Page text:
In addition to DVD-ROM, there are three writable DVD formats—DVD-R(A) for authoring, DVD-R(G) for general recording, and DVD+R—and three rewritable DVD formats, DVD-RW, DVD-RAM, and DVD+RW. All DVD writers and rewriters can read DVD-ROM discs, but each records to its own type of disc, none of which is fully compatible with any other or with existing standard DVD-ROM drives and players.
Incompatibility between the various standards has hindered the market acceptance of all of them, a problem that manufacturers have begun to address by introducing hybrid devices that read and write more than one format. For example, Pioneer produces a combination DVD-R and DVD-RW drive that also writes CD-R and CD-RW, and next-generation DVD-RAM drives will read and write DVD-RAM, DVD-RW, and CD-R/RW. As time passes, we expect this trend to continue.
The DVD Forum has introduced a DVD Multi logo that certifies compatibility with DVD-R, DVD-RW, and DVD-RAM. (Although not with DVD+RW—the DVD Forum and the DVD+RW Alliance don’t much like each other.) A DVD Multi drive or player can play all three formats, and a DVD Multi writer can write all three formats.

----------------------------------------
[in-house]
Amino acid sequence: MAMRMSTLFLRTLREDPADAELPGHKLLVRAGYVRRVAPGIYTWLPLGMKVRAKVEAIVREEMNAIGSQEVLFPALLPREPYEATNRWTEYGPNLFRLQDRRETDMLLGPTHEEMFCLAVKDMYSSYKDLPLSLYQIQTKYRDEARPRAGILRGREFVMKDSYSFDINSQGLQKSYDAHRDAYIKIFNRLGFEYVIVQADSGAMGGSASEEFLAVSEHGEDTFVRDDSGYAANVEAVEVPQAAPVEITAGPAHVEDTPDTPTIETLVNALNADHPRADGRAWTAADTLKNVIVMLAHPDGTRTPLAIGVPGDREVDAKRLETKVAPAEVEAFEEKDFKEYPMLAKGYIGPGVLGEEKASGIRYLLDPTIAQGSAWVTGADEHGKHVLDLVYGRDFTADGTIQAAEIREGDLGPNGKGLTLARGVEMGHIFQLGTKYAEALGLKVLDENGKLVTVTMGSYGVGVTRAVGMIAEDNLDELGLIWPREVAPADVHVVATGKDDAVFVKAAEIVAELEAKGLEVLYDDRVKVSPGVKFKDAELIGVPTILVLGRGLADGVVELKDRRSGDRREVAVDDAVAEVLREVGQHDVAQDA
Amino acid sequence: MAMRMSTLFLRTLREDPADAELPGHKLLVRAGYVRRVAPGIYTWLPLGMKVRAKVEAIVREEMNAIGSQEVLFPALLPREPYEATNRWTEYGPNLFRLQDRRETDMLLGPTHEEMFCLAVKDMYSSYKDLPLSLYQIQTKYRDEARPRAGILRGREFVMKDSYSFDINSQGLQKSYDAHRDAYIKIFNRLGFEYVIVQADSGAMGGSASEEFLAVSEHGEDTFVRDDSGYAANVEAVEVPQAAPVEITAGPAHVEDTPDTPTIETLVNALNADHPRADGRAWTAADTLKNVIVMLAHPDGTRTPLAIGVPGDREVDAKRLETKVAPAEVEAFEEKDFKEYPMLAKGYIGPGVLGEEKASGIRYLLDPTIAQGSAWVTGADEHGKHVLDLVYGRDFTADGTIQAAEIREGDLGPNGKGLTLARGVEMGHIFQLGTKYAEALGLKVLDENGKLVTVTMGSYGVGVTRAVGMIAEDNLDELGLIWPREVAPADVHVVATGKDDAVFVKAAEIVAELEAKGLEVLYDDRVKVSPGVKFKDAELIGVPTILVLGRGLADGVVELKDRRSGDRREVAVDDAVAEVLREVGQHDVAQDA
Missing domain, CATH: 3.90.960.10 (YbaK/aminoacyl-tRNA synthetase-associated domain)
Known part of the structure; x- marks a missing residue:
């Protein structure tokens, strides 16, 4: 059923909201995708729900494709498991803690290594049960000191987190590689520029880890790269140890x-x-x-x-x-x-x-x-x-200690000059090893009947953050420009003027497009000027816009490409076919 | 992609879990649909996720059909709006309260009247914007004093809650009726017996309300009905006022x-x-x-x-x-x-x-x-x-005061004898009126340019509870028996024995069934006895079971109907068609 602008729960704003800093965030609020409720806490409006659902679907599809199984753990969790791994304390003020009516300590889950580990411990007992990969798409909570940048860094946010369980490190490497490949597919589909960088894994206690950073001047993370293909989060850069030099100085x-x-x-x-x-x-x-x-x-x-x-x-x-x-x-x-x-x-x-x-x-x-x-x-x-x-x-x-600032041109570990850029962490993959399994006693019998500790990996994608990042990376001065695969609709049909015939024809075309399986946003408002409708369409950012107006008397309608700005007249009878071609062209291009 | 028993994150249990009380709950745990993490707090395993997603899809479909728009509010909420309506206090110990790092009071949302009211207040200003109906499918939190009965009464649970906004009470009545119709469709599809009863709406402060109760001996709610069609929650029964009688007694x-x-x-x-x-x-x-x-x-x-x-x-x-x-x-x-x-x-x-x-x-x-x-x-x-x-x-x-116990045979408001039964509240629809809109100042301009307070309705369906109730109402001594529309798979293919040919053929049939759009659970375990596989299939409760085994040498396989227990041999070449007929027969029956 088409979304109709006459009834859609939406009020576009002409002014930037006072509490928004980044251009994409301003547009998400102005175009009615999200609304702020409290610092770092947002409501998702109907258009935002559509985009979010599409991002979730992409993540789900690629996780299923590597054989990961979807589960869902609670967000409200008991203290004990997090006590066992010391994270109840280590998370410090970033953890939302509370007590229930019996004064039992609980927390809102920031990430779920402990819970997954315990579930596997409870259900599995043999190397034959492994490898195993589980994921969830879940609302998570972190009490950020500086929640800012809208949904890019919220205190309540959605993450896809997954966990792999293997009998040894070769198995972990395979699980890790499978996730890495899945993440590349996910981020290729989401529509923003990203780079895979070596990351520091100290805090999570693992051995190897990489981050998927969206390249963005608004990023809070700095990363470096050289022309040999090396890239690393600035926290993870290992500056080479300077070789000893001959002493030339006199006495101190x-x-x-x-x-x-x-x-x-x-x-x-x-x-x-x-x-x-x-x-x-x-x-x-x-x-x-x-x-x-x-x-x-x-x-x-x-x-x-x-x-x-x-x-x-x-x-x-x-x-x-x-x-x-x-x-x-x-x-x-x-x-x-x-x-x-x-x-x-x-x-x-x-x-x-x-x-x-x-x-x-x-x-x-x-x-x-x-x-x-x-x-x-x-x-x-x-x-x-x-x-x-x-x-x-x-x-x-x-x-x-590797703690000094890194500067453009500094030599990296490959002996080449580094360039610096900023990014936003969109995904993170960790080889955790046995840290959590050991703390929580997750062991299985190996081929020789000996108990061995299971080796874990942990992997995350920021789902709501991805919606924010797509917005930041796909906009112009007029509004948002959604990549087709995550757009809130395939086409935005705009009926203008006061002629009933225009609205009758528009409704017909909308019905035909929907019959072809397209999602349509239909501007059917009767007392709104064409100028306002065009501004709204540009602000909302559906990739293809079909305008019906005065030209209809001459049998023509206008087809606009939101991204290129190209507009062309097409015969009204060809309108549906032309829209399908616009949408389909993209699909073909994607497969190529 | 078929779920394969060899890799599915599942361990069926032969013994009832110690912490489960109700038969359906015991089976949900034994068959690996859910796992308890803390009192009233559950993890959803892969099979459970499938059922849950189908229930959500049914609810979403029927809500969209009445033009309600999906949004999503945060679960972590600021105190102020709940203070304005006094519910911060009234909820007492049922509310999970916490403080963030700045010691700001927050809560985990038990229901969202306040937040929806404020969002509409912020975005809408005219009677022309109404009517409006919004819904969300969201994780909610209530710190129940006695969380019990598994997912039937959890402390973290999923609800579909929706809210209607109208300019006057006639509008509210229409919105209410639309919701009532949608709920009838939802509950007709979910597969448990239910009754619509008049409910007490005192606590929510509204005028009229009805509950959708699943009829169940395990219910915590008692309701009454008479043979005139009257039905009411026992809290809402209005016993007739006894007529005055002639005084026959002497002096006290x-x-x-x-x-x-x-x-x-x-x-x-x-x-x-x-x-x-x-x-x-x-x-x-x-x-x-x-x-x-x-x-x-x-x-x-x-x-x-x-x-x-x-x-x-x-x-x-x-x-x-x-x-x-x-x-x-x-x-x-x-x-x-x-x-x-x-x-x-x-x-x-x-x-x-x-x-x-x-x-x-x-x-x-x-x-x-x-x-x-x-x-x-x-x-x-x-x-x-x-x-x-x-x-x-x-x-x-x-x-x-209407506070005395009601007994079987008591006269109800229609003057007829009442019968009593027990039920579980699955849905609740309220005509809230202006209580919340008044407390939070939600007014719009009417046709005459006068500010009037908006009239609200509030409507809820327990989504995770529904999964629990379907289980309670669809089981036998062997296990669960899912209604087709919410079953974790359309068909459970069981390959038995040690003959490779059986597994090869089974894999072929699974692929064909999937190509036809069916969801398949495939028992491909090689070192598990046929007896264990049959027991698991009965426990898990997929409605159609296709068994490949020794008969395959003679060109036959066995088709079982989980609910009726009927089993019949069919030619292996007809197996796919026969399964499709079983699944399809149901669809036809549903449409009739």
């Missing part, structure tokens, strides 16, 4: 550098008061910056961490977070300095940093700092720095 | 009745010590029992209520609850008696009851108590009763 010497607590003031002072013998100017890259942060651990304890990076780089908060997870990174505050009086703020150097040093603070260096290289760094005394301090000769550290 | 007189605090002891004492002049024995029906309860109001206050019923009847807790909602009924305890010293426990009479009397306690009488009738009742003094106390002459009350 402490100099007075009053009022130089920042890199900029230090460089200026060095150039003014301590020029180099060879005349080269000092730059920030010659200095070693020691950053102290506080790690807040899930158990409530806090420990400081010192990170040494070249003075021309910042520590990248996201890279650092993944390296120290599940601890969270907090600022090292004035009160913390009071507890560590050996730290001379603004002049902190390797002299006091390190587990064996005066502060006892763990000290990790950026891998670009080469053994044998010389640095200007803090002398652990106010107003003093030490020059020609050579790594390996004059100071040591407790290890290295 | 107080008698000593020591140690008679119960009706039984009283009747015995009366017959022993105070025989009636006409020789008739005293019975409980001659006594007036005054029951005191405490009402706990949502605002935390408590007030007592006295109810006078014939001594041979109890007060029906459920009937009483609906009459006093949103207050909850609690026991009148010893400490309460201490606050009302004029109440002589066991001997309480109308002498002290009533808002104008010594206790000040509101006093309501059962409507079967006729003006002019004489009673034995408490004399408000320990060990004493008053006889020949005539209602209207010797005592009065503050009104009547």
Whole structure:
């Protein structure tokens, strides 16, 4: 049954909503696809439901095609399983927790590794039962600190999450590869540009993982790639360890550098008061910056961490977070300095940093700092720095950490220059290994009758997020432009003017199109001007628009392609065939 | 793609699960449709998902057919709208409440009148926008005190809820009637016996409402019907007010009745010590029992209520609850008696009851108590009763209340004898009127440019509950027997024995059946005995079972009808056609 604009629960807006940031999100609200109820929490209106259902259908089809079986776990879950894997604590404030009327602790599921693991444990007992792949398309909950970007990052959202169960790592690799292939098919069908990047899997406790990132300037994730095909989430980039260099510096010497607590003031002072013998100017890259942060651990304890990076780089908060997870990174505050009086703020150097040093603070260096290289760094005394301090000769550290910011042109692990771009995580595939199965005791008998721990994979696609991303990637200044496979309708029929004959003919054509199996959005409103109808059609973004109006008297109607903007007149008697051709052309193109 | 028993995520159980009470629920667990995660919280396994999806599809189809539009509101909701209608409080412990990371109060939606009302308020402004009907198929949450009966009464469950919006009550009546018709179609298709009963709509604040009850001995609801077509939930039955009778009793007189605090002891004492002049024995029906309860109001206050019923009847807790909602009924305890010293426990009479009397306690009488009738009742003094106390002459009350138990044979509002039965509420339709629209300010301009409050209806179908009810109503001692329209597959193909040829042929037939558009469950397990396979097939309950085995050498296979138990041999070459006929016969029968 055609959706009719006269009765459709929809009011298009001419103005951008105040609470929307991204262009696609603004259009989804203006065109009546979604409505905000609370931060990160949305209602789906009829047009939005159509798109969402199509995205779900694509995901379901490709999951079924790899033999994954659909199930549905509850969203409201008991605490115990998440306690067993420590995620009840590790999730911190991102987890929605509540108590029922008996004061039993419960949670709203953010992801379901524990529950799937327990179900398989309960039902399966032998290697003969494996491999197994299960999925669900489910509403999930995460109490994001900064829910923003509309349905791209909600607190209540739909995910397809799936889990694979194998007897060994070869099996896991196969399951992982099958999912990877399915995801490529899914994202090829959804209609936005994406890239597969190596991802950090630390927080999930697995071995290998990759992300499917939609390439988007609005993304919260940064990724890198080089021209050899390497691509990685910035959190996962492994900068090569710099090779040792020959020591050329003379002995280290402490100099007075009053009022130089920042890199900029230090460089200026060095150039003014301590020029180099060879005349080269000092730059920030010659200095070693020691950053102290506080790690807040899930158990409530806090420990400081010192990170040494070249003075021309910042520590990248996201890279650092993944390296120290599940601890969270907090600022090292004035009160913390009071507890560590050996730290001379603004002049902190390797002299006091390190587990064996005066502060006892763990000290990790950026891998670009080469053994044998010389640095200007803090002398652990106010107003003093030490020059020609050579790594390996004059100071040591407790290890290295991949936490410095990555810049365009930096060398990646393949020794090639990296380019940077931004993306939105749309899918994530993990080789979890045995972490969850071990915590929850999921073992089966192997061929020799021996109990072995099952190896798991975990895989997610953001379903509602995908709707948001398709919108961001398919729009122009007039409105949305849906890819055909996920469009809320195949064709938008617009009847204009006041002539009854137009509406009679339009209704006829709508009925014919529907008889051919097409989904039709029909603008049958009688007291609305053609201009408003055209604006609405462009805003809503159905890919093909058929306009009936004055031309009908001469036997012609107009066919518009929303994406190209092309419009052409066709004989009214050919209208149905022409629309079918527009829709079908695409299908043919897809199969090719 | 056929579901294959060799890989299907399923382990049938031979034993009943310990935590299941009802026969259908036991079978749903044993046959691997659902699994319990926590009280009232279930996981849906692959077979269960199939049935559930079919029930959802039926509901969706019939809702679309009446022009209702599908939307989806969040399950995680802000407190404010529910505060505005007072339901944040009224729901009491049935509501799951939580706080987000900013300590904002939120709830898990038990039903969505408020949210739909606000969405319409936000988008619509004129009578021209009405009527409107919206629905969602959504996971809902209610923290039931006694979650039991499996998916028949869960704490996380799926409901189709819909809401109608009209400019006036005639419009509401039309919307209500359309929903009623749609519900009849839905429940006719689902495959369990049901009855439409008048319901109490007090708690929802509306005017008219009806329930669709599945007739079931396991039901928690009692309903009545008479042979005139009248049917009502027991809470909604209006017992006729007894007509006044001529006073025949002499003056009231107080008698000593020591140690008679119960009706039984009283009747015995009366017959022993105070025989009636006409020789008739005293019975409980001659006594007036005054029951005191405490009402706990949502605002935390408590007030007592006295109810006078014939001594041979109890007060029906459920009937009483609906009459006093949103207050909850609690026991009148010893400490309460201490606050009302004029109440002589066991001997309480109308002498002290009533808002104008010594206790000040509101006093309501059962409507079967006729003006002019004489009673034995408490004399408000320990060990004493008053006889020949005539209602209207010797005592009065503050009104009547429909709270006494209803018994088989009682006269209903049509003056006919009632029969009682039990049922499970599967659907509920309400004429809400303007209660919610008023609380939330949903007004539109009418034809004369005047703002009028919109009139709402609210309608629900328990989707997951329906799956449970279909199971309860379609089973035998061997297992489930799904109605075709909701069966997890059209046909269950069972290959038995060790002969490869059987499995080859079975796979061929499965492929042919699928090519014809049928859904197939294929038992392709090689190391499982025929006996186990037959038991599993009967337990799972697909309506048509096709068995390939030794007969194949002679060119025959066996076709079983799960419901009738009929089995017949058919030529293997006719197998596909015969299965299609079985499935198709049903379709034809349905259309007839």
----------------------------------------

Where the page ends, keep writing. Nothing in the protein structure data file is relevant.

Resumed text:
Here are the competing writable/rewritable DVD formats:
DVD-R (Recordable) was the first recordable DVD standard. DVD-R uses organic dye technology, and is similar conceptually to CD-R. DVD-R discs can be read by most DVD-ROM drives and DVD players. DVD-R 1.0 drives shipped in late 1997, cost $17,000 and stored 3.95 ...